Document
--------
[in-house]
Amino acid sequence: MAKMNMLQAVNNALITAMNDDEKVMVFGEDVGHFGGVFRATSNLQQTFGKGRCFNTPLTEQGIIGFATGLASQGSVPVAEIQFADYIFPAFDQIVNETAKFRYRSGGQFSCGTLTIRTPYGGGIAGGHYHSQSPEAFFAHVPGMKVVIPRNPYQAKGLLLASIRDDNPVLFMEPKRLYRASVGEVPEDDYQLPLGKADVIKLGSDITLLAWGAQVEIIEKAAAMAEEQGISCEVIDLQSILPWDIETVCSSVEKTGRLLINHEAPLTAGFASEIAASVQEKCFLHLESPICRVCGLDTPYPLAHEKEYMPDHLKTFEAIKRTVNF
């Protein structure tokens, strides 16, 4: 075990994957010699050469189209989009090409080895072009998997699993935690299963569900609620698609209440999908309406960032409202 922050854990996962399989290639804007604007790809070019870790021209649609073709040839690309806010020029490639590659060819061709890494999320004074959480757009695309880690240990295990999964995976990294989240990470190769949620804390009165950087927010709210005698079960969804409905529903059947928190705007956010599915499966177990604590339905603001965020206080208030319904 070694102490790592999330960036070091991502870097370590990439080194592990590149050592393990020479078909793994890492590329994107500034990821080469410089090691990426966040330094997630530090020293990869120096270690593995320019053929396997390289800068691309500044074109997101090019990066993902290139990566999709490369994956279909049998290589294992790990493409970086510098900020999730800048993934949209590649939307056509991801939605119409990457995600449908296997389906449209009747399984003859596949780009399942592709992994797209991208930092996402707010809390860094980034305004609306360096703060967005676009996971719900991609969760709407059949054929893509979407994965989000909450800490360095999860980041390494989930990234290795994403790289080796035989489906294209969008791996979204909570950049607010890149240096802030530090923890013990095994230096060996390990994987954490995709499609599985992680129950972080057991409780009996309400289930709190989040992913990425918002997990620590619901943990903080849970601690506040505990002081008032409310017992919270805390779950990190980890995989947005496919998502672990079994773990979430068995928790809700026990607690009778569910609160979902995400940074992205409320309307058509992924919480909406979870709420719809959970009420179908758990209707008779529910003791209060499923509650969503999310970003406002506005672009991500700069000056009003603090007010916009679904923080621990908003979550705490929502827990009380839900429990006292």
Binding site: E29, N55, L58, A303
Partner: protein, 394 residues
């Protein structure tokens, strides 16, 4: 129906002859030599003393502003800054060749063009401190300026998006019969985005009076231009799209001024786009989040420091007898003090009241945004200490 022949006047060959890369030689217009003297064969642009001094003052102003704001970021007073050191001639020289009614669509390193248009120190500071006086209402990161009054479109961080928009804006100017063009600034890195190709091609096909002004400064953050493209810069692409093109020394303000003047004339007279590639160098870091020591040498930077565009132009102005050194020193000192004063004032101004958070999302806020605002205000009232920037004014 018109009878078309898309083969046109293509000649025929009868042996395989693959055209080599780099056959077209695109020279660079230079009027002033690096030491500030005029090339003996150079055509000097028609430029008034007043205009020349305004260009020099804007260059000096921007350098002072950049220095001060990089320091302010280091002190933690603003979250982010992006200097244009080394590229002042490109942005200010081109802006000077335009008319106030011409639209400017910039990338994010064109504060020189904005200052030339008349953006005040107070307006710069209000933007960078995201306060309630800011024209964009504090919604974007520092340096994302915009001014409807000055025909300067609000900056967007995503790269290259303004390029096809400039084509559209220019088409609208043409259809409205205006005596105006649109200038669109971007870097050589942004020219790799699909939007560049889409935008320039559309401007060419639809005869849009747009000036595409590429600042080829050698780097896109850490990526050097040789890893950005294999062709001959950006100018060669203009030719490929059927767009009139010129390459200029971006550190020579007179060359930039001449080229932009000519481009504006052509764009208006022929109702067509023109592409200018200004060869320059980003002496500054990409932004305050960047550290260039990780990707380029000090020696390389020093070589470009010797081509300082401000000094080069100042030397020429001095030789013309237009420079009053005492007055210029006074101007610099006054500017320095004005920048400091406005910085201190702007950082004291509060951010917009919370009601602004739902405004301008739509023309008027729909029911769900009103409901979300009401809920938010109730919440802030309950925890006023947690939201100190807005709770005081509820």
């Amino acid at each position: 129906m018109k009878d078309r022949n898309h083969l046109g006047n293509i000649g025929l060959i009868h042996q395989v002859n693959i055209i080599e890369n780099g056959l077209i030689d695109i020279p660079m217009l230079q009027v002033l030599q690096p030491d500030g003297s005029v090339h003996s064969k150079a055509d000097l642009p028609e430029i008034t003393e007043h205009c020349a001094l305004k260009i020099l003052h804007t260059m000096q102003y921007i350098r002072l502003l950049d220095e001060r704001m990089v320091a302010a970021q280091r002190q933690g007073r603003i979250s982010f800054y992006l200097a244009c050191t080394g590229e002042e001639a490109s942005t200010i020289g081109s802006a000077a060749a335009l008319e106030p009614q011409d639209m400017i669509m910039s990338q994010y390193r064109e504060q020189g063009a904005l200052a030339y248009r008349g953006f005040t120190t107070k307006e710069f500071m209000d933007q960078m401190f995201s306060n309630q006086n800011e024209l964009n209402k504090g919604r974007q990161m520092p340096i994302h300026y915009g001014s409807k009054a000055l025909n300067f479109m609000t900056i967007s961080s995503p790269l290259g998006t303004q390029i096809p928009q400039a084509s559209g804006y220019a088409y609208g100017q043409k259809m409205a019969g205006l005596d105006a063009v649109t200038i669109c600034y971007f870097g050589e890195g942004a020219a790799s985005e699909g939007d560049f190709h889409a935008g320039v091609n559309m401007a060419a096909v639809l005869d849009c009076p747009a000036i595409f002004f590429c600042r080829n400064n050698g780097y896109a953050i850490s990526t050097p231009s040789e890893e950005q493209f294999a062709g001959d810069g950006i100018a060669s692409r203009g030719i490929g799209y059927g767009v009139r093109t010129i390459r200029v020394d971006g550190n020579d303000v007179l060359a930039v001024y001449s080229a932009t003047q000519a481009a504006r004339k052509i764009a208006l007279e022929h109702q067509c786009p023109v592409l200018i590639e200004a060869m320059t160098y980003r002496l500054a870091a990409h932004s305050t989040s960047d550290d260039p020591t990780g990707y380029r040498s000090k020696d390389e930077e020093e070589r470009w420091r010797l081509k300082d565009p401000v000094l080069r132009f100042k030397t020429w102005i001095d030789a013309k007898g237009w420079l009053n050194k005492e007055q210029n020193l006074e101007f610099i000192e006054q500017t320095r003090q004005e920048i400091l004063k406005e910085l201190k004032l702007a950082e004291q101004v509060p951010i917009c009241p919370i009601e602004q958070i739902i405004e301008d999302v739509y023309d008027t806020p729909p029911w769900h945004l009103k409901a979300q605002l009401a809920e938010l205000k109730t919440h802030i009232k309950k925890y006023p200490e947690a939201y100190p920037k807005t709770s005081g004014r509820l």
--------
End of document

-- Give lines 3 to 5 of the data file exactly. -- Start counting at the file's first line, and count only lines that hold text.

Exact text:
């Protein structure tokens, strides 16, 4: 075990994957010699050469189209989009090409080895072009998997699993935690299963569900609620698609209440999908309406960032409202 922050854990996962399989290639804007604007790809070019870790021209649609073709040839690309806010020029490639590659060819061709890494999320004074959480757009695309880690240990295990999964995976990294989240990470190769949620804390009165950087927010709210005698079960969804409905529903059947928190705007956010599915499966177990604590339905603001965020206080208030319904 070694102490790592999330960036070091991502870097370590990439080194592990590149050592393990020479078909793994890492590329994107500034990821080469410089090691990426966040330094997630530090020293990869120096270690593995320019053929396997390289800068691309500044074109997101090019990066993902290139990566999709490369994956279909049998290589294992790990493409970086510098900020999730800048993934949209590649939307056509991801939605119409990457995600449908296997389906449209009747399984003859596949780009399942592709992994797209991208930092996402707010809390860094980034305004609306360096703060967005676009996971719900991609969760709407059949054929893509979407994965989000909450800490360095999860980041390494989930990234290795994403790289080796035989489906294209969008791996979204909570950049607010890149240096802030530090923890013990095994230096060996390990994987954490995709499609599985992680129950972080057991409780009996309400289930709190989040992913990425918002997990620590619901943990903080849970601690506040505990002081008032409310017992919270805390779950990190980890995989947005496919998502672990079994773990979430068995928790809700026990607690009778569910609160979902995400940074992205409320309307058509992924919480909406979870709420719809959970009420179908758990209707008779529910003791209060499923509650969503999310970003406002506005672009991500700069000056009003603090007010916009679904923080621990908003979550705490929502827990009380839900429990006292």
Binding site: E29, N55, L58, A303
Partner: protein, 394 residues